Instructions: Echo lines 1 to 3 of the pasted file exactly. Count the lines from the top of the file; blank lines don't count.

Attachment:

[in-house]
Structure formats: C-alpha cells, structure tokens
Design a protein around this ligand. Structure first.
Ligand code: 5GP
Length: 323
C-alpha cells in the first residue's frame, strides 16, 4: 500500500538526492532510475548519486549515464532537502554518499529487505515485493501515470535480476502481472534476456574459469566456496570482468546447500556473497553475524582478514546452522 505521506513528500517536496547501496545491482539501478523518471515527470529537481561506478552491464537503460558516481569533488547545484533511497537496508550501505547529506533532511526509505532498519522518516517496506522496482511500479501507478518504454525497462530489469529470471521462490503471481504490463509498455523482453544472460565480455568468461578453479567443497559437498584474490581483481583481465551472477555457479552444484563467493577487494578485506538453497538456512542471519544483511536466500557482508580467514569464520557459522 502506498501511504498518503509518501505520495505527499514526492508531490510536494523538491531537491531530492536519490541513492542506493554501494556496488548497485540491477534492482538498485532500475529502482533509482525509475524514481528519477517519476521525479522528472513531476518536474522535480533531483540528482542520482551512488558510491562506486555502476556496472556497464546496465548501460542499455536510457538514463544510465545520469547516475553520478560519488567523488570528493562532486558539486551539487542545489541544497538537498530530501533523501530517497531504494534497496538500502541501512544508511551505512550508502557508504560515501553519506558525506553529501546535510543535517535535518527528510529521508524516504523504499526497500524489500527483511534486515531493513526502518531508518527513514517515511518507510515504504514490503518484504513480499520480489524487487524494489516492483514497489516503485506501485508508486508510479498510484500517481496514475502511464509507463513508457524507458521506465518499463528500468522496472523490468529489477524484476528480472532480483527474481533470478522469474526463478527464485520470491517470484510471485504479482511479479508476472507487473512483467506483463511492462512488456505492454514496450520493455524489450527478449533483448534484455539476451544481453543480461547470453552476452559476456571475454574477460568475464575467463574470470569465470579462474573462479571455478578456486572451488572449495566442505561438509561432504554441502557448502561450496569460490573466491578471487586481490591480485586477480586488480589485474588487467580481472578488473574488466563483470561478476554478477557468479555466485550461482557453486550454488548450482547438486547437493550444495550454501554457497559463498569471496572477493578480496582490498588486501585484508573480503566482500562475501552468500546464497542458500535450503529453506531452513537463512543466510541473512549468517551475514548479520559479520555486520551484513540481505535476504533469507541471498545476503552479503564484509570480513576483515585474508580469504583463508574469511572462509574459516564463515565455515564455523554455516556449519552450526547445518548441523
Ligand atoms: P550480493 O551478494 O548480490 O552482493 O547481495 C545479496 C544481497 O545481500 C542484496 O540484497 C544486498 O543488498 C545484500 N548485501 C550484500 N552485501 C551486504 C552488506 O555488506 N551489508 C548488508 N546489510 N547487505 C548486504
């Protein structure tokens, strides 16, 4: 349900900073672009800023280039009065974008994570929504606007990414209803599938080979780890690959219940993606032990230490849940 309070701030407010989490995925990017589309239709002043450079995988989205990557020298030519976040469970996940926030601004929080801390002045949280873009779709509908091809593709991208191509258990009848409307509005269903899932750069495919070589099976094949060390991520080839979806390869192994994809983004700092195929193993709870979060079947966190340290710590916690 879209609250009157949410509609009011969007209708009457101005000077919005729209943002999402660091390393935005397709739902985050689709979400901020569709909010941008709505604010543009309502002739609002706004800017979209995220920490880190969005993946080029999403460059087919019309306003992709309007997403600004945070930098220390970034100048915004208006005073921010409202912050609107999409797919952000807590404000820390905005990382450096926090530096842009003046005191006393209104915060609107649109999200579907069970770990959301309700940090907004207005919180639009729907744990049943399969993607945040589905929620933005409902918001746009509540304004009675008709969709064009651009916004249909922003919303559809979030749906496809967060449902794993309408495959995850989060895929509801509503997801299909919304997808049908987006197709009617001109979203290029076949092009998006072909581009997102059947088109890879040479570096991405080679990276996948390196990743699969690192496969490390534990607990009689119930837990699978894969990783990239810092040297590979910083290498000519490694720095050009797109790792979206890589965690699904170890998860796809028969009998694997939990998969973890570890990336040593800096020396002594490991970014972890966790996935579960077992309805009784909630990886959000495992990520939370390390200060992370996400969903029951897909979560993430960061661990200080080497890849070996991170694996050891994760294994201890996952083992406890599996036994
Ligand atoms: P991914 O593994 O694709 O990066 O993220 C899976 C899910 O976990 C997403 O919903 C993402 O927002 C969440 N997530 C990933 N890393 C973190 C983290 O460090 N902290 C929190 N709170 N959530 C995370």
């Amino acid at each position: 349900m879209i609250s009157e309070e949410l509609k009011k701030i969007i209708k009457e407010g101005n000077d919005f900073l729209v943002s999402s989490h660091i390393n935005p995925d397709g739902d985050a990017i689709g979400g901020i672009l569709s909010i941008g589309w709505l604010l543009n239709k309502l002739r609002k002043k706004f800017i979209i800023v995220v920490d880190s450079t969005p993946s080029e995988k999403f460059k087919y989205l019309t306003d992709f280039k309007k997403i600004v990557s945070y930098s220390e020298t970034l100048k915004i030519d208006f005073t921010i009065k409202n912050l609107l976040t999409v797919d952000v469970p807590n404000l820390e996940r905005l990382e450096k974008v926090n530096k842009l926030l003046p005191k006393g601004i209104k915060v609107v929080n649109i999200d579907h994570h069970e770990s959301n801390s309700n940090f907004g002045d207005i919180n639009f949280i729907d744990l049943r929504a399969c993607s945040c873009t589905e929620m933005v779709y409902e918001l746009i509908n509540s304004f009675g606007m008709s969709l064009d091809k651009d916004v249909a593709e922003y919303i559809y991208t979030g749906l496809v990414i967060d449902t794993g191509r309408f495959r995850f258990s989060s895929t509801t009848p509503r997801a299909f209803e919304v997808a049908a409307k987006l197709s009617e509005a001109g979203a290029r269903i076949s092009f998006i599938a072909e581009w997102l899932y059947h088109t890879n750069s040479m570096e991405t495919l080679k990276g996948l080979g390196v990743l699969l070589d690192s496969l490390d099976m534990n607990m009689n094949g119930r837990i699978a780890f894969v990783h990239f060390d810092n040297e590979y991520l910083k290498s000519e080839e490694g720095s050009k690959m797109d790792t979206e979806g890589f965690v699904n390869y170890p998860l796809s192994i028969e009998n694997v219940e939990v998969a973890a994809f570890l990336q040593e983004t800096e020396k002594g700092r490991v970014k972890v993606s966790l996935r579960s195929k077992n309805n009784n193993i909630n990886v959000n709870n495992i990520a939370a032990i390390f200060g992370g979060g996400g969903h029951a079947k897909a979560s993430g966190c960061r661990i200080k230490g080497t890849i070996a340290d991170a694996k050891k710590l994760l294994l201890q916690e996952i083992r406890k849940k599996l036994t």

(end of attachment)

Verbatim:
[in-house]
Structure formats: C-alpha cells, structure tokens
Design a protein around this ligand. Structure first.